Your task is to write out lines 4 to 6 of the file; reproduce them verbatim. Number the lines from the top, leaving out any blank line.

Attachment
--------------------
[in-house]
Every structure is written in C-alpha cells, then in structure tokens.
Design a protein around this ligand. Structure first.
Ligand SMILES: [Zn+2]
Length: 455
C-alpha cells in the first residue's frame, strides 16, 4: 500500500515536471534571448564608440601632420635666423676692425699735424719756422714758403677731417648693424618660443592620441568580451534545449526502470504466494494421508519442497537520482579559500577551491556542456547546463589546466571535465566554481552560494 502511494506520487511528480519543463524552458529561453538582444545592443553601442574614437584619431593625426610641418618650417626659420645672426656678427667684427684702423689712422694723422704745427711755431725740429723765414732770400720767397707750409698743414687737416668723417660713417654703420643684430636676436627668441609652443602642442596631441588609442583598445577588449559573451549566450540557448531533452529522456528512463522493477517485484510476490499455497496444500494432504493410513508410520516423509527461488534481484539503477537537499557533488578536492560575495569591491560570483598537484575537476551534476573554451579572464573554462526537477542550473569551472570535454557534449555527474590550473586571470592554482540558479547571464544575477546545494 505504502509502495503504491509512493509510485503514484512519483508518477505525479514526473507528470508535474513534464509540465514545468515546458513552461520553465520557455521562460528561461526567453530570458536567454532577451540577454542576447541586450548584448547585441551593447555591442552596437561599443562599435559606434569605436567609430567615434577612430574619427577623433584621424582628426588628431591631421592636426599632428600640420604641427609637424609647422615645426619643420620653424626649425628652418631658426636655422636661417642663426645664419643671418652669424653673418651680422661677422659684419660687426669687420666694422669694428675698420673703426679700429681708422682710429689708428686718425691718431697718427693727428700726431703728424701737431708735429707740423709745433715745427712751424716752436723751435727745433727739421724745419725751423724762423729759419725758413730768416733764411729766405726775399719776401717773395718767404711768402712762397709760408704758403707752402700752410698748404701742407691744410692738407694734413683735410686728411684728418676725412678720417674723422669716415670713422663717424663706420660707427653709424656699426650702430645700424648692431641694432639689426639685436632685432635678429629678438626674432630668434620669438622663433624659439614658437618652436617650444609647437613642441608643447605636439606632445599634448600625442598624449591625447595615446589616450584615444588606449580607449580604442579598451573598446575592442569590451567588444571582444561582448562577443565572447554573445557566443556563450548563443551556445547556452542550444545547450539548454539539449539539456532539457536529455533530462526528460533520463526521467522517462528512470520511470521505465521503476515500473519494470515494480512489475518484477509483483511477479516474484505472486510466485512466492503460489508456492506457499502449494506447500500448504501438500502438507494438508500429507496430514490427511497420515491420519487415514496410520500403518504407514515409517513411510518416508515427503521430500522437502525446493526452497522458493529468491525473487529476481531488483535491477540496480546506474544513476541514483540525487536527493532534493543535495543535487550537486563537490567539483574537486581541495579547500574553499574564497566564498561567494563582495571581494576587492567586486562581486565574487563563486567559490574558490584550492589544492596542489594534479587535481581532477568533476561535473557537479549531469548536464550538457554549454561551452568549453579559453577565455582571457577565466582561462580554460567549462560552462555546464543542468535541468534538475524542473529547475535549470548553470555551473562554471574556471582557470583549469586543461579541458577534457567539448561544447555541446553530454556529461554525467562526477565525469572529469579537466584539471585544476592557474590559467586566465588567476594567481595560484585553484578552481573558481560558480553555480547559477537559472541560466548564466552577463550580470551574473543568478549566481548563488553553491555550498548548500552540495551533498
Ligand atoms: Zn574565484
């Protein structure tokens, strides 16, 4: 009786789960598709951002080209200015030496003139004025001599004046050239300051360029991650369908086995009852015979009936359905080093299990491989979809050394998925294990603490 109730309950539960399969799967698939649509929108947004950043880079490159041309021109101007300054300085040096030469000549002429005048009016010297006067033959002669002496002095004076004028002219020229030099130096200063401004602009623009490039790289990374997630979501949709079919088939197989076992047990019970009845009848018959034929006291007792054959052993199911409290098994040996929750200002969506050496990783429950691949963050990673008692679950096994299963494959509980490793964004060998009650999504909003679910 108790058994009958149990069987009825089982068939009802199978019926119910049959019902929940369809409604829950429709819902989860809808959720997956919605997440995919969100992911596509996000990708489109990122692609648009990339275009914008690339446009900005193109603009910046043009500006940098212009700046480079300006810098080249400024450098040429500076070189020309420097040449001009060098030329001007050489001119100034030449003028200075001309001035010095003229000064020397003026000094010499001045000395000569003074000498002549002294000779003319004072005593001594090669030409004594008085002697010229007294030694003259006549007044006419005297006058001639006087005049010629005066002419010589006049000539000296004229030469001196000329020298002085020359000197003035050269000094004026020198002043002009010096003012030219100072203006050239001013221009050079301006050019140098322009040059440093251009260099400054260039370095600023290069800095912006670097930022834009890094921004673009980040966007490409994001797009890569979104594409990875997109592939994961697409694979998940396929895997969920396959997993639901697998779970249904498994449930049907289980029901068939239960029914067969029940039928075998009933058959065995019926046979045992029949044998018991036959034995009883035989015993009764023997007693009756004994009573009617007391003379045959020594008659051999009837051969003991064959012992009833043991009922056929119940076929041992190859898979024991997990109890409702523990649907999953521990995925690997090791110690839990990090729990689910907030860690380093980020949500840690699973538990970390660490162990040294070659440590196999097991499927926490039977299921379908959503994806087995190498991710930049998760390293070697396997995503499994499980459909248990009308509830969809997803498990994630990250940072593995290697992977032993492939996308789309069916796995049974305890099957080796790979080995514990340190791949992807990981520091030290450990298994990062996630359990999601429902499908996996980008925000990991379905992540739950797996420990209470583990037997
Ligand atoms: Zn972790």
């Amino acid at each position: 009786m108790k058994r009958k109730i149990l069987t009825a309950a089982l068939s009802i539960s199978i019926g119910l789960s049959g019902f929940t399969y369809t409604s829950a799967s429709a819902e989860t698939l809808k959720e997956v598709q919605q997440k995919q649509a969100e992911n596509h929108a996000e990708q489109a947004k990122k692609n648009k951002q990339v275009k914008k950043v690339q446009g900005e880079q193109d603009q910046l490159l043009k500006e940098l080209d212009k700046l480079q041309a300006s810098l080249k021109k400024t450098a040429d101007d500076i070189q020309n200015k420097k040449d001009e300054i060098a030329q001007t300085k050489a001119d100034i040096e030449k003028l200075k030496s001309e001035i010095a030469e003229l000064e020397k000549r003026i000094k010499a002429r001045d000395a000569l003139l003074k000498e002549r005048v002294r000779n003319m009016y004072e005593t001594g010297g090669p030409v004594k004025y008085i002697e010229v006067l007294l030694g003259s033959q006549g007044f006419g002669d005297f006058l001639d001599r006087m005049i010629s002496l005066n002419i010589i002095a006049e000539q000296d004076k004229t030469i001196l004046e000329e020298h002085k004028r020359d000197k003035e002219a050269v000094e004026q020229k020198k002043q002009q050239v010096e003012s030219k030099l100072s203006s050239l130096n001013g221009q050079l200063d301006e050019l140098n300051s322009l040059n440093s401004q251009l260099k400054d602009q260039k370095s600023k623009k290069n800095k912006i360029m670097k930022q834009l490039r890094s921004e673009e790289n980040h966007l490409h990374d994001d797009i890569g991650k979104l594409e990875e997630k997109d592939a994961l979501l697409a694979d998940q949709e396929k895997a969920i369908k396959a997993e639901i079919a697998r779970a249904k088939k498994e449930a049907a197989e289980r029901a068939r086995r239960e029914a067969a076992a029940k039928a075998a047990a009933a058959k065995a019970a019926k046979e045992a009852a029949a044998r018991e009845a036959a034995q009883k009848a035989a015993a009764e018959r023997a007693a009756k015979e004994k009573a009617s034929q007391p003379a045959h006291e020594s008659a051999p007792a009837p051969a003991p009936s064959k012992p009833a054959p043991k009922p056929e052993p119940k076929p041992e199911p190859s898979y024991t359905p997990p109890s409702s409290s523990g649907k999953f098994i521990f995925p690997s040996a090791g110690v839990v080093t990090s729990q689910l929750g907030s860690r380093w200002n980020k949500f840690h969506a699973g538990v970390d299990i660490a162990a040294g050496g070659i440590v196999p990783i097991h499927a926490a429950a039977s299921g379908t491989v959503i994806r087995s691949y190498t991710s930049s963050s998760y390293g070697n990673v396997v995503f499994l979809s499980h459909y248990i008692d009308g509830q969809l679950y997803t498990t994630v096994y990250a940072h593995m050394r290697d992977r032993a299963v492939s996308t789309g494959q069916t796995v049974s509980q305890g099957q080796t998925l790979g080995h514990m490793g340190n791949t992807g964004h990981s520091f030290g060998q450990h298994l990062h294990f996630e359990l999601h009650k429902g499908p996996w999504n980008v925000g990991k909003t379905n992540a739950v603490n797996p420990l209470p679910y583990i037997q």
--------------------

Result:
Ligand SMILES: [Zn+2]
Length: 455
C-alpha cells in the first residue's frame, strides 16, 4: 500500500515536471534571448564608440601632420635666423676692425699735424719756422714758403677731417648693424618660443592620441568580451534545449526502470504466494494421508519442497537520482579559500577551491556542456547546463589546466571535465566554481552560494 502511494506520487511528480519543463524552458529561453538582444545592443553601442574614437584619431593625426610641418618650417626659420645672426656678427667684427684702423689712422694723422704745427711755431725740429723765414732770400720767397707750409698743414687737416668723417660713417654703420643684430636676436627668441609652443602642442596631441588609442583598445577588449559573451549566450540557448531533452529522456528512463522493477517485484510476490499455497496444500494432504493410513508410520516423509527461488534481484539503477537537499557533488578536492560575495569591491560570483598537484575537476551534476573554451579572464573554462526537477542550473569551472570535454557534449555527474590550473586571470592554482540558479547571464544575477546545494 505504502509502495503504491509512493509510485503514484512519483508518477505525479514526473507528470508535474513534464509540465514545468515546458513552461520553465520557455521562460528561461526567453530570458536567454532577451540577454542576447541586450548584448547585441551593447555591442552596437561599443562599435559606434569605436567609430567615434577612430574619427577623433584621424582628426588628431591631421592636426599632428600640420604641427609637424609647422615645426619643420620653424626649425628652418631658426636655422636661417642663426645664419643671418652669424653673418651680422661677422659684419660687426669687420666694422669694428675698420673703426679700429681708422682710429689708428686718425691718431697718427693727428700726431703728424701737431708735429707740423709745433715745427712751424716752436723751435727745433727739421724745419725751423724762423729759419725758413730768416733764411729766405726775399719776401717773395718767404711768402712762397709760408704758403707752402700752410698748404701742407691744410692738407694734413683735410686728411684728418676725412678720417674723422669716415670713422663717424663706420660707427653709424656699426650702430645700424648692431641694432639689426639685436632685432635678429629678438626674432630668434620669438622663433624659439614658437618652436617650444609647437613642441608643447605636439606632445599634448600625442598624449591625447595615446589616450584615444588606449580607449580604442579598451573598446575592442569590451567588444571582444561582448562577443565572447554573445557566443556563450548563443551556445547556452542550444545547450539548454539539449539539456532539457536529455533530462526528460533520463526521467522517462528512470520511470521505465521503476515500473519494470515494480512489475518484477509483483511477479516474484505472486510466485512466492503460489508456492506457499502449494506447500500448504501438500502438507494438508500429507496430514490427511497420515491420519487415514496410520500403518504407514515409517513411510518416508515427503521430500522437502525446493526452497522458493529468491525473487529476481531488483535491477540496480546506474544513476541514483540525487536527493532534493543535495543535487550537486563537490567539483574537486581541495579547500574553499574564497566564498561567494563582495571581494576587492567586486562581486565574487563563486567559490574558490584550492589544492596542489594534479587535481581532477568533476561535473557537479549531469548536464550538457554549454561551452568549453579559453577565455582571457577565466582561462580554460567549462560552462555546464543542468535541468534538475524542473529547475535549470548553470555551473562554471574556471582557470583549469586543461579541458577534457567539448561544447555541446553530454556529461554525467562526477565525469572529469579537466584539471585544476592557474590559467586566465588567476594567481595560484585553484578552481573558481560558480553555480547559477537559472541560466548564466552577463550580470551574473543568478549566481548563488553553491555550498548548500552540495551533498